Some writers use both was and were close together.

...and all staring, gravely, as if it were a funeral, at me as if I was the coffin - Henry Adams, letter, 15 May 1859

Therefore, I'd says that the decision of whether to use if I were or if I was, I wish I were or I wish I was in counterfactual clauses is a personal choice.

There is one other thing to note. When if and wish do not introduce a clause describing something contrary to fact, the subjunctive is usually not used.

...Freud felt as if he was being observed; raising his eyes he found some children staring down at him - E. L. Doctorow, Ragtime, 1975

Labels: , , ,


Blogger Glen Gordon said...

The way I grew up here in central Canada (Winnipeg), the subjunctive appears to be completely dead in common speech. COMPLETELY dead. Any use of it usually sounds antiquated or uppity. Professors may be heard using it or foreigners from England or India perhaps.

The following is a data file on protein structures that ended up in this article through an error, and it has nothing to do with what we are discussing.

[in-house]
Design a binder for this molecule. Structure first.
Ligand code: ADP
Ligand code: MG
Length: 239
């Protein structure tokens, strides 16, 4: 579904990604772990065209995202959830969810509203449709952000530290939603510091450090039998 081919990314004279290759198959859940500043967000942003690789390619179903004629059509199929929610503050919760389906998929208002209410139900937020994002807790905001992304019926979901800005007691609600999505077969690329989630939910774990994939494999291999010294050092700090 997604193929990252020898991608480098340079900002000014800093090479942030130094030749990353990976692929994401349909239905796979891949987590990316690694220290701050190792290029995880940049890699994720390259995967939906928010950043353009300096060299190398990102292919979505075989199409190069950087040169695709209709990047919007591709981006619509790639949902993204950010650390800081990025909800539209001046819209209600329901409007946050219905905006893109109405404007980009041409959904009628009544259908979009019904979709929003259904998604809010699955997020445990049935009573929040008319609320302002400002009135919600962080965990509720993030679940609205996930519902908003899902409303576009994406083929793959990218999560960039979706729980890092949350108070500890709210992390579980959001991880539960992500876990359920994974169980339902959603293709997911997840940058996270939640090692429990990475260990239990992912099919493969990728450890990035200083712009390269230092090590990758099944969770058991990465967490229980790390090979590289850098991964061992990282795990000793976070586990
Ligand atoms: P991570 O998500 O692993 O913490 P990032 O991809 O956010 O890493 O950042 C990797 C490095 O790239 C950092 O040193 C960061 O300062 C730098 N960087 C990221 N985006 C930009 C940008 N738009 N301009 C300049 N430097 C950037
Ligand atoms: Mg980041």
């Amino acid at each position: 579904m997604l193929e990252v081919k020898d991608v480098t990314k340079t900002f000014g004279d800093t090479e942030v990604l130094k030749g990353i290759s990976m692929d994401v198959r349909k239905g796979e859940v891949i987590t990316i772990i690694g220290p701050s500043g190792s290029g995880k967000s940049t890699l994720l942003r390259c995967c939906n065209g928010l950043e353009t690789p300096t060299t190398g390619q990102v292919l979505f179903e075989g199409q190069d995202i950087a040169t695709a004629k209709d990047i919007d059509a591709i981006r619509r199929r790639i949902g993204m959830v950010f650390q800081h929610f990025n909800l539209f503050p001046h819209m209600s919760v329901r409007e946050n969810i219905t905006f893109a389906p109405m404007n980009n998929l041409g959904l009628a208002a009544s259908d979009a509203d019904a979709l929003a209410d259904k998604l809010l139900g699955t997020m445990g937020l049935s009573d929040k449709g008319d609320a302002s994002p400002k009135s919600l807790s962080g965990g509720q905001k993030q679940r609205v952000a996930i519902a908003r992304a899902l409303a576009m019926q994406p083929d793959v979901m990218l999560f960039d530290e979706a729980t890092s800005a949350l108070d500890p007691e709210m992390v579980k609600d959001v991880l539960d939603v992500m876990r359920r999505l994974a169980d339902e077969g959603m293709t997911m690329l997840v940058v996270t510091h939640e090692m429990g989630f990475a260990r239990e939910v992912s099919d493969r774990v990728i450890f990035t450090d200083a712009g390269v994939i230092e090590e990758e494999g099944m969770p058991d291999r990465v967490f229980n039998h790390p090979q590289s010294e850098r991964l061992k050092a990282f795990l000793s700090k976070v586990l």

It's interesting but while I'm aware of the subjunctive (and speak French which still uses it) and although I've hypercorrected myself to use subjunctives in text, I still had trouble perceiving what the difference was between "She insists that he take his medicine." and "She insists that he takes his medicine." Even when you said that the latter is a command instead of a suggestion, it still sounded equivalent to my brain, and this would be because of the local English-speaking environment.

Of course, I'm not disputing the differences that you perceive in your dialect. I'm merely reporting a different perception of things elsewhere in the world.

Great article, thanks!

12:12 PM  
Blogger goofy said...

I wasn't aware that some speakers didn't make that distinction. In retrospect it seems like something I should have been aware of. Thanks for pointing it out. It is still a feature of standard written English... at least according to Merriam-Webster's Usage Dictionary. I'm sure you could get away without using it in writing.

6:40 PM  

Post a Comment

<< Home